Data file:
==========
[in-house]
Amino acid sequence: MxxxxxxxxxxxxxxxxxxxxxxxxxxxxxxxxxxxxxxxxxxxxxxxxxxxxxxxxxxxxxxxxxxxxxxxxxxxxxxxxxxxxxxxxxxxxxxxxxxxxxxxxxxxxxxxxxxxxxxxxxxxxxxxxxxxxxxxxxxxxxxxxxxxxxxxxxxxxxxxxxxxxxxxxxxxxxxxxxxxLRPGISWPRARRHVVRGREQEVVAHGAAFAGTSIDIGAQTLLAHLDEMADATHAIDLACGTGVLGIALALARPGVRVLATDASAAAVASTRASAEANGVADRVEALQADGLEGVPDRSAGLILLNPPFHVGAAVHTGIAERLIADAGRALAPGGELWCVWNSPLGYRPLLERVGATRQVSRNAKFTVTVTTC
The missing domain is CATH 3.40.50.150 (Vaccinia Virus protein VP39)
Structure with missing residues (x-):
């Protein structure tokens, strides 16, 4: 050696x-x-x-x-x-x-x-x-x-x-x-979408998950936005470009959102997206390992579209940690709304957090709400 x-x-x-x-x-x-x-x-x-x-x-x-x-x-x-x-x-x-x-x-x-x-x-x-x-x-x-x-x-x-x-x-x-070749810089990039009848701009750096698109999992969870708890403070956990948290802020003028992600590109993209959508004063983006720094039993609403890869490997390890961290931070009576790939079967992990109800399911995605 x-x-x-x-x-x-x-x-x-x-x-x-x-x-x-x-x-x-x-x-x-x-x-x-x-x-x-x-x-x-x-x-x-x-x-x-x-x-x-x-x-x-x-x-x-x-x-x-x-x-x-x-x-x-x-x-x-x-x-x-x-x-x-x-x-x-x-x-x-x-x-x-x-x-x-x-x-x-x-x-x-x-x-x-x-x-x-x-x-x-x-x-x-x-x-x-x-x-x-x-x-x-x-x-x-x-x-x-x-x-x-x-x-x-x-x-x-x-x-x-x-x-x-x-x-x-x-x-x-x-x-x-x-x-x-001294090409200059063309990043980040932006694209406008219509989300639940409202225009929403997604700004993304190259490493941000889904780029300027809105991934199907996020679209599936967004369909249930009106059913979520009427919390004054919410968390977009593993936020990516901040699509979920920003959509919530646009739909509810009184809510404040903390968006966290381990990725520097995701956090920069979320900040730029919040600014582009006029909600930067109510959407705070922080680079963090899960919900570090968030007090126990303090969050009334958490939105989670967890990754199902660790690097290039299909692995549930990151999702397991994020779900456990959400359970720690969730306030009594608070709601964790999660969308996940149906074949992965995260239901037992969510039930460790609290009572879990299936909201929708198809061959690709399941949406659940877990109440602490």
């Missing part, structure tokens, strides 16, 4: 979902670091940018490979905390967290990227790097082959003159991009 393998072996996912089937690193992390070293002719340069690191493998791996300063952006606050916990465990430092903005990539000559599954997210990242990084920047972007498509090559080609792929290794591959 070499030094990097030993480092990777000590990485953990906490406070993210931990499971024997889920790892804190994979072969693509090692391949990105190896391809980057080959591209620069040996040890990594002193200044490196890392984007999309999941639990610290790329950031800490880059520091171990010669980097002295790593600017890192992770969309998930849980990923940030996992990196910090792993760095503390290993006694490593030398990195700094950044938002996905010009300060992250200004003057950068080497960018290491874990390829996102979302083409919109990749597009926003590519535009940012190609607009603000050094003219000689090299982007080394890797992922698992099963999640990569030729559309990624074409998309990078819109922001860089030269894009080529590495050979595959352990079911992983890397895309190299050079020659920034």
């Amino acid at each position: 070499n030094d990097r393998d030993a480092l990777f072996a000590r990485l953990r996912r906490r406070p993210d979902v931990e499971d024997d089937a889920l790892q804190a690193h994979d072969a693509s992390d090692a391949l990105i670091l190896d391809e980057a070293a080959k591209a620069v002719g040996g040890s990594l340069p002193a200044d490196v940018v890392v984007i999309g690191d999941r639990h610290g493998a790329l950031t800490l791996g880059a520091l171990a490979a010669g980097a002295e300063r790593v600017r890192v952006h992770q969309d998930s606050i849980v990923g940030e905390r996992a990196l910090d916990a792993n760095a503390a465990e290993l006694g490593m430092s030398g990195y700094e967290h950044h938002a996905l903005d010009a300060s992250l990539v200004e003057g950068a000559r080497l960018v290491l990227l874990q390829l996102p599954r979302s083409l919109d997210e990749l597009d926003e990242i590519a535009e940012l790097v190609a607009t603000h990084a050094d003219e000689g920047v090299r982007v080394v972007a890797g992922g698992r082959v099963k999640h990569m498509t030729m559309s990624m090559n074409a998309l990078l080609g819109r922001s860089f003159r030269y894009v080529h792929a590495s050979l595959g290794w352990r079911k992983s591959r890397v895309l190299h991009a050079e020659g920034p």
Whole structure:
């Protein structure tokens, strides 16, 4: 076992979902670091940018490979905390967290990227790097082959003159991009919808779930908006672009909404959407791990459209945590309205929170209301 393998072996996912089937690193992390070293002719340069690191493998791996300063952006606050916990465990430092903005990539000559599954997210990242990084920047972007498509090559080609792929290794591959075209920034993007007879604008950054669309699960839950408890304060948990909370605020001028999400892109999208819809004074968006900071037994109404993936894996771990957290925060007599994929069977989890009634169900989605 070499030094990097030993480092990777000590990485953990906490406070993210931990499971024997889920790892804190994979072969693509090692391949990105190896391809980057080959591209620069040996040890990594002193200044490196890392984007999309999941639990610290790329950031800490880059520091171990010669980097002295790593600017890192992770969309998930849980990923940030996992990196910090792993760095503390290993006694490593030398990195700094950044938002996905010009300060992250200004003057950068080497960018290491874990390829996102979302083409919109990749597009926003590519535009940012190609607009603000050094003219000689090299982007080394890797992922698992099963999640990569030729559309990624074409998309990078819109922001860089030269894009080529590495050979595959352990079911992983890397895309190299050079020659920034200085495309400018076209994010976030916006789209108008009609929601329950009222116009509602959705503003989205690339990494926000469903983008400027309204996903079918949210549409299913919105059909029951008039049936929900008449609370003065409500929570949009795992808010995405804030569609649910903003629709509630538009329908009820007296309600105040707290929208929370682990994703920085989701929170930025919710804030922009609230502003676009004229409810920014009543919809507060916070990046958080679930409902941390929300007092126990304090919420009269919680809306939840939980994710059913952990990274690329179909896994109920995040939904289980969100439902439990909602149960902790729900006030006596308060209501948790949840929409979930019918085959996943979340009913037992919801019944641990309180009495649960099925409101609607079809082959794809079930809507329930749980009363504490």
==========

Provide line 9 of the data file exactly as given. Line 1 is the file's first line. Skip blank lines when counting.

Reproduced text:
């Protein structure tokens, strides 16, 4: 076992979902670091940018490979905390967290990227790097082959003159991009919808779930908006672009909404959407791990459209945590309205929170209301 393998072996996912089937690193992390070293002719340069690191493998791996300063952006606050916990465990430092903005990539000559599954997210990242990084920047972007498509090559080609792929290794591959075209920034993007007879604008950054669309699960839950408890304060948990909370605020001028999400892109999208819809004074968006900071037994109404993936894996771990957290925060007599994929069977989890009634169900989605 070499030094990097030993480092990777000590990485953990906490406070993210931990499971024997889920790892804190994979072969693509090692391949990105190896391809980057080959591209620069040996040890990594002193200044490196890392984007999309999941639990610290790329950031800490880059520091171990010669980097002295790593600017890192992770969309998930849980990923940030996992990196910090792993760095503390290993006694490593030398990195700094950044938002996905010009300060992250200004003057950068080497960018290491874990390829996102979302083409919109990749597009926003590519535009940012190609607009603000050094003219000689090299982007080394890797992922698992099963999640990569030729559309990624074409998309990078819109922001860089030269894009080529590495050979595959352990079911992983890397895309190299050079020659920034200085495309400018076209994010976030916006789209108008009609929601329950009222116009509602959705503003989205690339990494926000469903983008400027309204996903079918949210549409299913919105059909029951008039049936929900008449609370003065409500929570949009795992808010995405804030569609649910903003629709509630538009329908009820007296309600105040707290929208929370682990994703920085989701929170930025919710804030922009609230502003676009004229409810920014009543919809507060916070990046958080679930409902941390929300007092126990304090919420009269919680809306939840939980994710059913952990990274690329179909896994109920995040939904289980969100439902439990909602149960902790729900006030006596308060209501948790949840929409979930019918085959996943979340009913037992919801019944641990309180009495649960099925409101609607079809082959794809079930809507329930749980009363504490």